Serious theological work today is or ought to be rather like working in a quarry, and quite specifically the kind of quarry which one finds in India, where men and women, and quite young children too, in the heat of the day hack away at the rock-face with simple implements, exposing themselves to danger, and committing to the task all their reserves of energy, intelligence, determination and strength.
I am not thinking of the modern fully mechanized quarry, where everything is done at a safe distance, at the flick of a switch, or the pressing of a button, where danger and sweat are minimized, and people do not themselves engage directly with the rock-face. That might be an image of the modem academic assumption that we are most likely to encounter truth in detachment, that objectivity is all, that commitment is a distraction, or leads to distortion of the truth.
No, I am thinking of the kind of quarry that we find in India and elsewhere, where:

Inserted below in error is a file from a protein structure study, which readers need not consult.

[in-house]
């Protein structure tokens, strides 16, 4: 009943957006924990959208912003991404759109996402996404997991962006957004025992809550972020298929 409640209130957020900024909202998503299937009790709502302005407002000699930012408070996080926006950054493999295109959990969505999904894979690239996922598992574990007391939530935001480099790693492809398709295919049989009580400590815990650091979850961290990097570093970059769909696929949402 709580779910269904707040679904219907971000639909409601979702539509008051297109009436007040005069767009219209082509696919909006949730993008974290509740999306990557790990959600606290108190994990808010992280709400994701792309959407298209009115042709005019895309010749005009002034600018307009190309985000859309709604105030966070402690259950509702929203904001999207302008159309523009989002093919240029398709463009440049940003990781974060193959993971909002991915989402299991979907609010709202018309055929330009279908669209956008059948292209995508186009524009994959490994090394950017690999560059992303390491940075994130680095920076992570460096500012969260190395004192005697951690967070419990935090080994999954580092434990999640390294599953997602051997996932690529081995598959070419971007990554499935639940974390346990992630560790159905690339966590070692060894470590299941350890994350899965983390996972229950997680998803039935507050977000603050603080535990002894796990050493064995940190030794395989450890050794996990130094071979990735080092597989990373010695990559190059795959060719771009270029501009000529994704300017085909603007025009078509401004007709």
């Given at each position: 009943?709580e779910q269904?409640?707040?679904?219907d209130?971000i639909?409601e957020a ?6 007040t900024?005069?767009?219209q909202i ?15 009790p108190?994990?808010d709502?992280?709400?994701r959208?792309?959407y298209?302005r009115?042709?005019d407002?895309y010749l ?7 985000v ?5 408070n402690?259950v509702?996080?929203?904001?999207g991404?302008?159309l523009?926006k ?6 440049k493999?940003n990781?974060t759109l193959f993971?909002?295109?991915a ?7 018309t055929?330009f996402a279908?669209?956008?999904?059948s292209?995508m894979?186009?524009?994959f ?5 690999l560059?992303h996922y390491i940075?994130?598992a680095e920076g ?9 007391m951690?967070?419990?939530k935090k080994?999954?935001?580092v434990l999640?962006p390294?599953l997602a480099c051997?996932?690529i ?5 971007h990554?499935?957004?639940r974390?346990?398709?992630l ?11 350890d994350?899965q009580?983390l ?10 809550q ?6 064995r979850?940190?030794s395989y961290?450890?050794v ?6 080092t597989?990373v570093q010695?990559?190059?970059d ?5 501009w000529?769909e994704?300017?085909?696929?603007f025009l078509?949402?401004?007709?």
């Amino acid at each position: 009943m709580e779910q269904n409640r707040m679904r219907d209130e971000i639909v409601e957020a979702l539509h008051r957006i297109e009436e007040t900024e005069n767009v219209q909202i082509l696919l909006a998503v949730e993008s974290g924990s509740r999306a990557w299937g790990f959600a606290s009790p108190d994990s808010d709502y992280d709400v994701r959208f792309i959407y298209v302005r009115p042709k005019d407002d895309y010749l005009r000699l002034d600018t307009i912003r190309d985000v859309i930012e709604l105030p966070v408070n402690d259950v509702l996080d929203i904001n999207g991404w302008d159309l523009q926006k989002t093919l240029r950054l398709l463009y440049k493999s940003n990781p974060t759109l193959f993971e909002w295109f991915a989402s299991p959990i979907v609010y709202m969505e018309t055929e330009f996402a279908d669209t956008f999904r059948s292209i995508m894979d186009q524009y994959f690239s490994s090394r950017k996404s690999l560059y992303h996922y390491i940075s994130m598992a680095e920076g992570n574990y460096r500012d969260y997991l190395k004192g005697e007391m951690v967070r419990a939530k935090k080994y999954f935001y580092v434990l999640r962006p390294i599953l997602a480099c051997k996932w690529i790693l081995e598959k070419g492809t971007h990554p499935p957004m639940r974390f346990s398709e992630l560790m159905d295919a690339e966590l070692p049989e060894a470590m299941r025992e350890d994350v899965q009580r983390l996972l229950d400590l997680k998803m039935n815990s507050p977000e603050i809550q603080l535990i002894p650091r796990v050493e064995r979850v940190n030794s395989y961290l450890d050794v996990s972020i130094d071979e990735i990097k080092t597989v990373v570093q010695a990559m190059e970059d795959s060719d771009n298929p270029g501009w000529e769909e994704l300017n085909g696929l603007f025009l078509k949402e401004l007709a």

- The work is hard, demanding, exhausting.
- The work does not bring high status or tangible rewards, indeed the very opposite. You work because of an inner compulsion, vocation or constraint.
- Most of the work is invisible, rarely noticed or applauded. People in their cars pass by the quarry with hardly a glance as they go about their business.
- The work is sometimes dangerous, full of unexpected hazards. Co-operation is essential. No one can work the quarry alone; one must work as a team with others.
- The workers in the quarry seldom see the end-product. The stones they quarry are normally used and fashioned far away.
to be continued!